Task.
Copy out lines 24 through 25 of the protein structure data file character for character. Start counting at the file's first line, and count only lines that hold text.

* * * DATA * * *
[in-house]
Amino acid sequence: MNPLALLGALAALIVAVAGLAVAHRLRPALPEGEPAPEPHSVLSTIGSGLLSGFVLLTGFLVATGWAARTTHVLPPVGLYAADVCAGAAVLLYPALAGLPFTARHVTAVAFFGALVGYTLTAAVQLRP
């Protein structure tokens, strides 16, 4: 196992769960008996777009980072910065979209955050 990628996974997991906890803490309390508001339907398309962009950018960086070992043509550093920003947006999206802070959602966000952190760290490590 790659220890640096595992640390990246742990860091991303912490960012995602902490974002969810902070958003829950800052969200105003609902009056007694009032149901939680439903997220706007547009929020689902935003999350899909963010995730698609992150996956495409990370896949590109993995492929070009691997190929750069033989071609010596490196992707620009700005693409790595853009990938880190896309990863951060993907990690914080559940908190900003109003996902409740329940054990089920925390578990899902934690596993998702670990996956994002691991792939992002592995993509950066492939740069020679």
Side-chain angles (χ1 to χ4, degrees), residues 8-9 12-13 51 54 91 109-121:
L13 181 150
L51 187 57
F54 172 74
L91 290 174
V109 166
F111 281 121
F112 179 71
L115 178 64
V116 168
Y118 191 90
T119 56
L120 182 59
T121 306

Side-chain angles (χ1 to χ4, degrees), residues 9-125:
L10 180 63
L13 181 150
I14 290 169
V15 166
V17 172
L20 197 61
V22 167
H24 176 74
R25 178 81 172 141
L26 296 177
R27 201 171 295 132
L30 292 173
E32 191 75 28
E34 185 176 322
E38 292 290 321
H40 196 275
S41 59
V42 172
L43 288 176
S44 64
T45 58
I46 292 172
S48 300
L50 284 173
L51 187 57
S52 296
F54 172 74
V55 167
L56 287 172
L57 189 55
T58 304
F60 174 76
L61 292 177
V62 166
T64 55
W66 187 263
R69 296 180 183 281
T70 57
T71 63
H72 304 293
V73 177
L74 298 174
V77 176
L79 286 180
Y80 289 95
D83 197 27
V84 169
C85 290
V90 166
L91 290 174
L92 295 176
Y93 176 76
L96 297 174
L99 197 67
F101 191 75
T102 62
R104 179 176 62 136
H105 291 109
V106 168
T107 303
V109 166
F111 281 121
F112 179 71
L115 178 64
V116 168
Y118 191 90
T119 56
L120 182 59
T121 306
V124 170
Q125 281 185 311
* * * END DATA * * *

L20 197 61
V22 167